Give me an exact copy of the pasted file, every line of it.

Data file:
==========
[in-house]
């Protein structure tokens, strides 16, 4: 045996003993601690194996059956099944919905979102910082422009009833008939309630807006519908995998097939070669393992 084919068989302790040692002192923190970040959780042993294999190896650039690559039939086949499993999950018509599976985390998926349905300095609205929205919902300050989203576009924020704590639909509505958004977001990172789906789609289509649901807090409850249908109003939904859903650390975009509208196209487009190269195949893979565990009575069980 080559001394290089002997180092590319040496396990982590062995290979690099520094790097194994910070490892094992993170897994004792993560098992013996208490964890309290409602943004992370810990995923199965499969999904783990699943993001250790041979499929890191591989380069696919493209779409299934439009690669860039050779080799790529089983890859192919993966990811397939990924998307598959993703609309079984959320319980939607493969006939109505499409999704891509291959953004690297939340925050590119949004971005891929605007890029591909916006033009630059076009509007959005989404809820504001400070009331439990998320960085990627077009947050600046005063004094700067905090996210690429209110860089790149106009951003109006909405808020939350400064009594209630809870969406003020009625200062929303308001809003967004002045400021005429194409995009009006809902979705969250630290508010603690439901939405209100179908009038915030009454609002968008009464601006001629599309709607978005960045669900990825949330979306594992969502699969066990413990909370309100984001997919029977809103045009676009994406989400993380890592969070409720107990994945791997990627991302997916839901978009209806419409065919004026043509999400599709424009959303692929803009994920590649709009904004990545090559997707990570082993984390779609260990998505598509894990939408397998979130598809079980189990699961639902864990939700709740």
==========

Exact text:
[in-house]
């Protein structure tokens, strides 16, 4: 045996003993601690194996059956099944919905979102910082422009009833008939309630807006519908995998097939070669393992 084919068989302790040692002192923190970040959780042993294999190896650039690559039939086949499993999950018509599976985390998926349905300095609205929205919902300050989203576009924020704590639909509505958004977001990172789906789609289509649901807090409850249908109003939904859903650390975009509208196209487009190269195949893979565990009575069980 080559001394290089002997180092590319040496396990982590062995290979690099520094790097194994910070490892094992993170897994004792993560098992013996208490964890309290409602943004992370810990995923199965499969999904783990699943993001250790041979499929890191591989380069696919493209779409299934439009690669860039050779080799790529089983890859192919993966990811397939990924998307598959993703609309079984959320319980939607493969006939109505499409999704891509291959953004690297939340925050590119949004971005891929605007890029591909916006033009630059076009509007959005989404809820504001400070009331439990998320960085990627077009947050600046005063004094700067905090996210690429209110860089790149106009951003109006909405808020939350400064009594209630809870969406003020009625200062929303308001809003967004002045400021005429194409995009009006809902979705969250630290508010603690439901939405209100179908009038915030009454609002968008009464601006001629599309709607978005960045669900990825949330979306594992969502699969066990413990909370309100984001997919029977809103045009676009994406989400993380890592969070409720107990994945791997990627991302997916839901978009209806419409065919004026043509999400599709424009959303692929803009994920590649709009904004990545090559997707990570082993984390779609260990998505598509894990939408397998979130598809079980189990699961639902864990939700709740």